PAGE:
Archive for August, 2012

The science and politics of reading instruction

Just out: Mark Seidenberg, "Politics (of Reading) Makes Strange Bedfellows", Perspectives on Language and Literacy, Summer 2012. The article's opening explains the background:

In 2011, Wisconsin Governor Scott Walker created the Read to Lead Task Force to develop strategies for improving literacy. Like many states, Wisconsin has a literacy problem: 62% of the eighth grade students scoring at the Basic or Below Basic levels on the 2011 NAEP; large discrepancies between scores on the NAEP and on the state’s homegrown reading assessment; and a failing public school system in the state’s largest city, Milwaukee. The task force was diverse, including Democratic and Republican state legislators, the head of the Department of Public Instruction, classroom teachers, representatives of several advocacy groups, and the governor himself. I was invited to speak at the last of their six meetings. I had serious misgivings about participating. Under the governor’s controversial leadership, collective bargaining rights for teachers and other public service employees were eliminated and massive cuts to public education enacted. As a scientist who has studied reading for many years and followed educational issues closely I decided to use my 10 minutes to speak frankly. What follows is a lightly edited transcript of my remarks.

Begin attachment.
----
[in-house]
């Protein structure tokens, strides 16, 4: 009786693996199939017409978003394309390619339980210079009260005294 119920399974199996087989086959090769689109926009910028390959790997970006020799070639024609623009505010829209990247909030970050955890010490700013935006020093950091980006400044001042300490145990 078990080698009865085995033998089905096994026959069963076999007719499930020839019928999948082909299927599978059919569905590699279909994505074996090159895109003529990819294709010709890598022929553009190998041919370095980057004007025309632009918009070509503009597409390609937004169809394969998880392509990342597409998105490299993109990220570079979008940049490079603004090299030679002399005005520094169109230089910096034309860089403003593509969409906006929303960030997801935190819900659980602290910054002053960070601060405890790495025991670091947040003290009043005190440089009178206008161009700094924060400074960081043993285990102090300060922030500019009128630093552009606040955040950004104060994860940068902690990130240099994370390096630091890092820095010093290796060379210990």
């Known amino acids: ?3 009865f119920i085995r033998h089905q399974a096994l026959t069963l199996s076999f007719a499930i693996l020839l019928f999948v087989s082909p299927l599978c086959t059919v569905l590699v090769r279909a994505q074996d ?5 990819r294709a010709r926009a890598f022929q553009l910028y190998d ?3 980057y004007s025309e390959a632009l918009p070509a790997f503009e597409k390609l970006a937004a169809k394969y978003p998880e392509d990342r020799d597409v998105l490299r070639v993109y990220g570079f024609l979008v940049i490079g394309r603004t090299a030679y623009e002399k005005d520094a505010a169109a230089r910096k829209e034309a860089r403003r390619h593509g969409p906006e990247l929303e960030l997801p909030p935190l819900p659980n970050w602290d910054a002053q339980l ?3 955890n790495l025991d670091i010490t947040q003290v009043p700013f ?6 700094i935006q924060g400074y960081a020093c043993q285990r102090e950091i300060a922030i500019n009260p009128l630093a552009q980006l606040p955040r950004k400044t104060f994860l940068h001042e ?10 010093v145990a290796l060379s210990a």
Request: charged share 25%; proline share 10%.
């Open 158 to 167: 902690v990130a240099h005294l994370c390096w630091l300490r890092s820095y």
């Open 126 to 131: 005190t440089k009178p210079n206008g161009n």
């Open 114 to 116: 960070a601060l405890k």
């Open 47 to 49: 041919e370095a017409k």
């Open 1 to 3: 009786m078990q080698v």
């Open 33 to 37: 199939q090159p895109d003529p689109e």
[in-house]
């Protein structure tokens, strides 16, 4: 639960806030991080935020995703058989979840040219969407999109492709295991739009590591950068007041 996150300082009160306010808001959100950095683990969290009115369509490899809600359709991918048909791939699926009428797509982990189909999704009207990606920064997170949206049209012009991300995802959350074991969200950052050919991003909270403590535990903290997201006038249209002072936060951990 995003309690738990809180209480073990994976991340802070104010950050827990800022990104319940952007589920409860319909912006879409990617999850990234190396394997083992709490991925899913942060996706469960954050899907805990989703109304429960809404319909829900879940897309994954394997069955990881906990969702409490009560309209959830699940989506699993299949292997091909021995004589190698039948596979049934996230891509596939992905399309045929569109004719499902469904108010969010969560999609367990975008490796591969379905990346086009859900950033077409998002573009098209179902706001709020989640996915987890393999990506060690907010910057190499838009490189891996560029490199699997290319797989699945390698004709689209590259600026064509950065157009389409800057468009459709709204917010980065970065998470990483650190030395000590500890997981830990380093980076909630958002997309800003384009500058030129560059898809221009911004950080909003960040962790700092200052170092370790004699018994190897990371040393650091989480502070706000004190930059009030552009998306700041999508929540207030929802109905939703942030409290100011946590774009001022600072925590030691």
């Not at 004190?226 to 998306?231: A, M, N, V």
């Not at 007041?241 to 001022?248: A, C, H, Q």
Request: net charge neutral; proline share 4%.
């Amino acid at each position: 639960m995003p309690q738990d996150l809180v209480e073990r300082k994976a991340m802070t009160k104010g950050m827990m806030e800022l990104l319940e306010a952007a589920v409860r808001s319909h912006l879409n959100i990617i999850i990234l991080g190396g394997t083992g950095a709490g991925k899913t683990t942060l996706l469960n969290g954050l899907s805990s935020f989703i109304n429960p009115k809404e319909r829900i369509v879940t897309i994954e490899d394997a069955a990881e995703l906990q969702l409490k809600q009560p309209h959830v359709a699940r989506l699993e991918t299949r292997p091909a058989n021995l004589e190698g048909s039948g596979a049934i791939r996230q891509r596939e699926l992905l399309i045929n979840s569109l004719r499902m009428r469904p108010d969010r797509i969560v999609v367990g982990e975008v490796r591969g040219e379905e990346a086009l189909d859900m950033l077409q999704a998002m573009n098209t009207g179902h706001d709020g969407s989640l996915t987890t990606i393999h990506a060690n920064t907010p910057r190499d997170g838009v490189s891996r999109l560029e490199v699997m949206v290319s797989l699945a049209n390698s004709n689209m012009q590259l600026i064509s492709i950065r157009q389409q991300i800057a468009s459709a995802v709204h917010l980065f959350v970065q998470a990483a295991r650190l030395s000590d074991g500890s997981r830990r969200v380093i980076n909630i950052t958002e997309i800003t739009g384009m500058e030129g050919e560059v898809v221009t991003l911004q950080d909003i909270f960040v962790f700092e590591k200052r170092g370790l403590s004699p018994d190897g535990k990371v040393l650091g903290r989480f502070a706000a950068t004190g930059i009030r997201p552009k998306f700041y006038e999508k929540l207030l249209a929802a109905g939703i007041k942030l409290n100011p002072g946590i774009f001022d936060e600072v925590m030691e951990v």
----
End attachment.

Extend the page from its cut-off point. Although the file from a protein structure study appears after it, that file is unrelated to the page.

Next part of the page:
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The "off the cuff" mystery

The other day, someone asked me about the origins of the phrase "off the cuff". I've always assumed that it had something to do with the old practice of writing informal notes on men's detachable (and disposable) cuffs. And the OED's entry agrees, glossing it as

off the cuff (as if from notes made on the shirt-cuff) orig. U.S., extempore, on the spur of the moment, unrehearsed

But as far as I know, the practice of wearing detachable (and sometimes disposable) cuffs ended by the time of the first world war or even before, while the OED's earliest citation for this idiom is from 1938:

1938 New York Panorama (Federal Writers' Project, N.Y.) vi. 157   Double talk is created by mixing plausible-sounding gibberish into ordinary conversation, the speaker keeping a straight face or dead pan and enumerating casually or off the cuff.
1941 Time (Air Exp. Ed.) 4 Aug. 1/1   Talking off the cuff to a group of civilian-defense volunteers he made them a little homily.
1944 Penguin New Writing XX. 130   In that scene, shot off the cuff in a shockingly bad light, there leapt out of the screen..something of the real human guts and dignity.
1948 Economist 3 July 17/2   Mr. Truman's off-the-cuff comment.

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Words in Mandarin: twin kle twin kle lit tle star

Randy Alexander sent me the following photograph and asked how long it would take for me to identify the text in the background:

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Historical culturomics of pronoun frequencies